Three Stocks to Avoid for the Week of May 9th

Seeking out great stocks to buy is essential, but many would say it’s even more important to know which stocks to steer clear of.  A losing stock can eat away at your precious long-term returns.  So, figuring out which stocks to trim or get rid of is essential for proper portfolio maintenance.  

Even the best gardens need pruning, and our team has spotted a few stocks that seem like prime candidates for selling or avoiding.  Continue reading to find out which three stocks our team is staying away from this week. 

Headwinds against e-commerce car vendor Carvana (CVNA) had already been intensifying before the sizable ramp up to its vehicle inventory in the first quarter.  Management recently admitted that it accelerated its car buying business at the wrong time, during a worsening economic environment, causing investors to flee the stock in search of greener pastures. The company could continue to burn through cash at an alarming rate as it faces threats to the value of its inventory.  

“It has become clear over the past few months that the company is facing serious challenges to the business,” Morgan Stanley analyst Adam Jonas wrote in a note to clients after he downgraded CVNA to Equal Weight from Overweight and slashed the price target by 70% to $105, down from $360. “By the company’s own admission, it had accelerated growth at precisely the wrong time into a consumer slowdown leaving a major mismatch between capacity and demand, creating a liquidity crunch,” he continued.

The company’s liquidity issues are likely to be compounded as the Fed boosts benchmark interest rates, making it more expensive to take out loans.  With its business model, Carvana is also at risk of a decline in used car prices as that would devalue its inventory, and a pullback in prices is likely as interest rates rise.

During Carvana’s most recent quarterly announcement on April 20th, the company reported a bigger-than-expected quarterly loss along with revenue that beat analyst expectations.  Results showed a $1 billion increase in equity and $3.275 billion in debt.  

Carvana may look like a bargain, down more than 80% from its ATH just a few months ago, but with interest rates rising and growing concerns of a looming economic recession, the company could be further wrung out as economic growth slows.

The railroad industry faces several challenges that threaten operating ratios across the entire sector, including a labor shortage, capacity constraints, and service issues.  On Wednesday, the Association of American Railroads (AAR) reported an astounding 8.1% year-over-year decline in weekly rail traffic.  These hefty cost headwinds will likely weigh heavily on Canadian Pacific Railway (CP) and delay visions of recovery in the second half of the year.  

Analysts are not overly optimistic about Canadian Pacific.  The 18 analysts offering a first-quarter forecast for CP see a 5% year-over-year decline in revenue and expect 0.70 per share in earnings, representing a 17% YOY decline.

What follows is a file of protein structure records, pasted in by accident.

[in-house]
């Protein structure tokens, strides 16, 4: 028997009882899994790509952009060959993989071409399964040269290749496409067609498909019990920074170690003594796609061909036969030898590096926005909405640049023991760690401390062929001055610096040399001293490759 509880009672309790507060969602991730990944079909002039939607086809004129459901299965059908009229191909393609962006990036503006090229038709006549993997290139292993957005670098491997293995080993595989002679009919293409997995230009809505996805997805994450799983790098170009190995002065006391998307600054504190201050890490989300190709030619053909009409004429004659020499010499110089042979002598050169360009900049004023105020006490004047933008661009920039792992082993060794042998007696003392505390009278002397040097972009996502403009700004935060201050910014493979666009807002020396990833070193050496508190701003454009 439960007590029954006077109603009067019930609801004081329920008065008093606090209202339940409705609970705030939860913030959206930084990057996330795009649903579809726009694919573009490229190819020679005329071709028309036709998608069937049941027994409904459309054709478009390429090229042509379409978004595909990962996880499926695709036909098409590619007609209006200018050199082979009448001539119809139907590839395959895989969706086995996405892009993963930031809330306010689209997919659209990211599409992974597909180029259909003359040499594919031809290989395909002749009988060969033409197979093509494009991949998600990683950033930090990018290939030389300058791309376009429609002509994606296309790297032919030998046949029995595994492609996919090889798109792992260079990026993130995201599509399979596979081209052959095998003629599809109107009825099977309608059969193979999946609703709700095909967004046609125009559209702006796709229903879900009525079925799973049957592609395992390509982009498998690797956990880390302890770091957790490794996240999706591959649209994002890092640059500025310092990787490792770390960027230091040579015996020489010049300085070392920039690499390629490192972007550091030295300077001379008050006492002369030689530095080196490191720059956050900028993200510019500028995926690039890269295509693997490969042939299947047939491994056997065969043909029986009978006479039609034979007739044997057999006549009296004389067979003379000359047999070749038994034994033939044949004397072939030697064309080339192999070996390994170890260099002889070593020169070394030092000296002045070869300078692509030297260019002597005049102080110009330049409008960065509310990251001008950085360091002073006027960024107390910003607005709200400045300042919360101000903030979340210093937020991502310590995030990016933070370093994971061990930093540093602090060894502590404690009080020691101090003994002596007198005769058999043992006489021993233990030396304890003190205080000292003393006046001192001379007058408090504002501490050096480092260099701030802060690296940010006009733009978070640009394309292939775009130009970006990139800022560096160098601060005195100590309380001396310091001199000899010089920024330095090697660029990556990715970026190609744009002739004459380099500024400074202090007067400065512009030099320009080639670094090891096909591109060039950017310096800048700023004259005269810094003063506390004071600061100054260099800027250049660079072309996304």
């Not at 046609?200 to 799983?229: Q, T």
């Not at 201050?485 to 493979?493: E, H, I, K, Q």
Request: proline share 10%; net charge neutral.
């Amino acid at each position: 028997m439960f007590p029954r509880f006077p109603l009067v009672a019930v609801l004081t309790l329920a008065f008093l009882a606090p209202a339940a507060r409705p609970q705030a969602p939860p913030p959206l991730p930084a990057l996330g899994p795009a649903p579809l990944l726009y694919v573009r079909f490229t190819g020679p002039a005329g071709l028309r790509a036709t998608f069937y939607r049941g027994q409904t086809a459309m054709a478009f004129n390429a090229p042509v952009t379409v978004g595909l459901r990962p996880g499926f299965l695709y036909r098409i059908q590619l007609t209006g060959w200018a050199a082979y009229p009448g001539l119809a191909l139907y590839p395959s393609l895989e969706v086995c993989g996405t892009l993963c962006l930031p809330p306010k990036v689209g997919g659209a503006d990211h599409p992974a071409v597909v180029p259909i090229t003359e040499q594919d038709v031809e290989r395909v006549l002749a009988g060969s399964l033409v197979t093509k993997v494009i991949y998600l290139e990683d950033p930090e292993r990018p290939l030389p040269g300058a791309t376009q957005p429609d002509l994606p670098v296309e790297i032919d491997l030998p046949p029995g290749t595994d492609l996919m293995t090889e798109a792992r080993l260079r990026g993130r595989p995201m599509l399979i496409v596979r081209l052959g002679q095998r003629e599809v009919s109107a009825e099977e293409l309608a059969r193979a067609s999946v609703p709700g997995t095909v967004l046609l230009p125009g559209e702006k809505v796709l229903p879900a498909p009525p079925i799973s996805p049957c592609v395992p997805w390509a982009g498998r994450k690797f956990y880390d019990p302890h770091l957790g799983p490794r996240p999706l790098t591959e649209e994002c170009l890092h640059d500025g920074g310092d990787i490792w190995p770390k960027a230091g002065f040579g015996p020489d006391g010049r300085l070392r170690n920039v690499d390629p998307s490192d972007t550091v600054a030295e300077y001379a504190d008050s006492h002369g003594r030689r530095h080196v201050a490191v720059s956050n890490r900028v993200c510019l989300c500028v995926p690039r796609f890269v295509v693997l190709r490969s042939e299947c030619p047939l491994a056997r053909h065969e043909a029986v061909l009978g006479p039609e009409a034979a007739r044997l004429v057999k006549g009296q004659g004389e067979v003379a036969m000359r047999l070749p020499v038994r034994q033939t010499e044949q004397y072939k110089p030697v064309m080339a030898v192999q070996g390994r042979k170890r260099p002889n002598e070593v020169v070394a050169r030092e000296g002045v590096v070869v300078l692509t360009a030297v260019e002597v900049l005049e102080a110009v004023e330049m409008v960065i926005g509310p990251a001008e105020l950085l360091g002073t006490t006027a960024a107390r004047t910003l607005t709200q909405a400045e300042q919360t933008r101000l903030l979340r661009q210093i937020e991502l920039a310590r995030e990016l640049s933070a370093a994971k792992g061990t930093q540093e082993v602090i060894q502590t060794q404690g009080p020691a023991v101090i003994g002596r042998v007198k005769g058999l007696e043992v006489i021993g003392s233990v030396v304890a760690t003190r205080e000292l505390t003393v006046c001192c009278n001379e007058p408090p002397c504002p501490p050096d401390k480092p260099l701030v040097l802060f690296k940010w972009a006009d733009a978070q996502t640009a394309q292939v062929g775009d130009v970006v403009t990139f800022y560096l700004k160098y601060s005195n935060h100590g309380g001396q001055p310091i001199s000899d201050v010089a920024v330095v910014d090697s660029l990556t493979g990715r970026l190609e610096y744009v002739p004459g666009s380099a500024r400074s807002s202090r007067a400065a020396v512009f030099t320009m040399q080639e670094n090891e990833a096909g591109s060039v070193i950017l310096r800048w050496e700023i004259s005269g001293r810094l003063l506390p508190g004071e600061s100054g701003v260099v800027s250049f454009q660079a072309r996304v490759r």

Several analysts have slashed their target for CP in recent weeks on execution concerns against a challenging macroeconomic backdrop moving into the second half of the year, including Raymond James’ Steve Hansen.  “We are trimming our target prices on Canadian Pacific Railway to account for a weaker-than-expected start to the year and incremental concerns over the slowing economic backdrop,” the analyst wrote to clients. 

CP’s share price is down 5% over the past month, and the downward momentum will likely continue until headwinds abate.  

New York-based LivePerson, Inc. (LPSN) is best known as the developer of the Conversational Cloud, a software platform that allows consumers to message with brands.  The company tops our list this week after Q4 financial results that point to a substantial slowdown in organic revenue growth that is unlikely to meaningfully improve until fiscal 2023.

Management signaled a shift in the growth strategy ahead to focus more on generating earnings in 2022 rather than gaining enterprise customers.  The slower growth profile, powered by a steady return toward more normal in-person working trends, could translate into weaker earnings than Wall Street is hoping for.

The company predicted sales in the first quarter of about $125 million, translating into a 16% boost.  Revenue for the full year will climb by less than 20% to about $560 million, whereas most Wall Street pros were looking for that 2022 sales figure to be closer to $600 million.  

No less than nine firms downgraded LivePerson after the disappointing call.  Among the analysts to revise their ratings was Evercore ISI analyst Peter Levine who downgraded LPSN to In-Line from Outperform and slashed the price target to $20, down from $75 following the company’s “sub-par results and a weak outlook.”